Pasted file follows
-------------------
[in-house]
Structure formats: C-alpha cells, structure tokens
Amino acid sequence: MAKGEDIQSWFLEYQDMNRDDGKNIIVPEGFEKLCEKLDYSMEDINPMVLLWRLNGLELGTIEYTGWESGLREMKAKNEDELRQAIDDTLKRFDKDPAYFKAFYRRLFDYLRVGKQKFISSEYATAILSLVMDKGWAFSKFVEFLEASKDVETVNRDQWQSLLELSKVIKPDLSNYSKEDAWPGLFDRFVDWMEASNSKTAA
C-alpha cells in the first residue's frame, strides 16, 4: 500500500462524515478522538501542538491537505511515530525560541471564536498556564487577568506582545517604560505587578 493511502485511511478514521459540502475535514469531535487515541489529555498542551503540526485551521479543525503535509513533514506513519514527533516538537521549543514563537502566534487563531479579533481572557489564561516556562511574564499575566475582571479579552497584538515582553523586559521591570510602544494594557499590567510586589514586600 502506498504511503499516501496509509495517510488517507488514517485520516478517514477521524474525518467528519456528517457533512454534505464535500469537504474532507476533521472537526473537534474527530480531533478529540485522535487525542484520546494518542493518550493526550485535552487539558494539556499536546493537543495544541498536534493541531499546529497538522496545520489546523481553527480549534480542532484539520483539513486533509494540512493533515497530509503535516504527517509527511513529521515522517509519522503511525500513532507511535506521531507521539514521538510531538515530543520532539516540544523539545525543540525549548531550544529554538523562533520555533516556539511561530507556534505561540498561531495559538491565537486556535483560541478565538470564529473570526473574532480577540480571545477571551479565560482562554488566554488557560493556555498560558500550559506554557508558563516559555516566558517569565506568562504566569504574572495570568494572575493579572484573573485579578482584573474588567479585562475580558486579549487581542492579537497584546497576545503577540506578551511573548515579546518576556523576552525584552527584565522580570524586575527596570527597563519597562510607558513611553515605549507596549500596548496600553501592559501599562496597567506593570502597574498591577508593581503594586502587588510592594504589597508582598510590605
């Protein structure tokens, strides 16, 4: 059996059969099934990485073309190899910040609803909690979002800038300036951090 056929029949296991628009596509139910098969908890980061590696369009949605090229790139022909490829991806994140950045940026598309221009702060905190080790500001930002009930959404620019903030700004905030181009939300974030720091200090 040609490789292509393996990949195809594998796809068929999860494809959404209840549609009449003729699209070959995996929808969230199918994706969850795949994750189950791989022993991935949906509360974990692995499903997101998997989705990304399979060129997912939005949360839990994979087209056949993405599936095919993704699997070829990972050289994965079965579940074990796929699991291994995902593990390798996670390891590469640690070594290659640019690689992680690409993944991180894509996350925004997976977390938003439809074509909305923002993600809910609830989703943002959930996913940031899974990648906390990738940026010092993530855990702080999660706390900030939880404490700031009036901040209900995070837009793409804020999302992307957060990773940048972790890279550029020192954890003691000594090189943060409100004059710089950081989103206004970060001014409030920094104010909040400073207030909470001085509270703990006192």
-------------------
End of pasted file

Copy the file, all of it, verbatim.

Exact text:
[in-house]
Structure formats: C-alpha cells, structure tokens
Amino acid sequence: MAKGEDIQSWFLEYQDMNRDDGKNIIVPEGFEKLCEKLDYSMEDINPMVLLWRLNGLELGTIEYTGWESGLREMKAKNEDELRQAIDDTLKRFDKDPAYFKAFYRRLFDYLRVGKQKFISSEYATAILSLVMDKGWAFSKFVEFLEASKDVETVNRDQWQSLLELSKVIKPDLSNYSKEDAWPGLFDRFVDWMEASNSKTAA
C-alpha cells in the first residue's frame, strides 16, 4: 500500500462524515478522538501542538491537505511515530525560541471564536498556564487577568506582545517604560505587578 493511502485511511478514521459540502475535514469531535487515541489529555498542551503540526485551521479543525503535509513533514506513519514527533516538537521549543514563537502566534487563531479579533481572557489564561516556562511574564499575566475582571479579552497584538515582553523586559521591570510602544494594557499590567510586589514586600 502506498504511503499516501496509509495517510488517507488514517485520516478517514477521524474525518467528519456528517457533512454534505464535500469537504474532507476533521472537526473537534474527530480531533478529540485522535487525542484520546494518542493518550493526550485535552487539558494539556499536546493537543495544541498536534493541531499546529497538522496545520489546523481553527480549534480542532484539520483539513486533509494540512493533515497530509503535516504527517509527511513529521515522517509519522503511525500513532507511535506521531507521539514521538510531538515530543520532539516540544523539545525543540525549548531550544529554538523562533520555533516556539511561530507556534505561540498561531495559538491565537486556535483560541478565538470564529473570526473574532480577540480571545477571551479565560482562554488566554488557560493556555498560558500550559506554557508558563516559555516566558517569565506568562504566569504574572495570568494572575493579572484573573485579578482584573474588567479585562475580558486579549487581542492579537497584546497576545503577540506578551511573548515579546518576556523576552525584552527584565522580570524586575527596570527597563519597562510607558513611553515605549507596549500596548496600553501592559501599562496597567506593570502597574498591577508593581503594586502587588510592594504589597508582598510590605
């Protein structure tokens, strides 16, 4: 059996059969099934990485073309190899910040609803909690979002800038300036951090 056929029949296991628009596509139910098969908890980061590696369009949605090229790139022909490829991806994140950045940026598309221009702060905190080790500001930002009930959404620019903030700004905030181009939300974030720091200090 040609490789292509393996990949195809594998796809068929999860494809959404209840549609009449003729699209070959995996929808969230199918994706969850795949994750189950791989022993991935949906509360974990692995499903997101998997989705990304399979060129997912939005949360839990994979087209056949993405599936095919993704699997070829990972050289994965079965579940074990796929699991291994995902593990390798996670390891590469640690070594290659640019690689992680690409993944991180894509996350925004997976977390938003439809074509909305923002993600809910609830989703943002959930996913940031899974990648906390990738940026010092993530855990702080999660706390900030939880404490700031009036901040209900995070837009793409804020999302992307957060990773940048972790890279550029020192954890003691000594090189943060409100004059710089950081989103206004970060001014409030920094104010909040400073207030909470001085509270703990006192």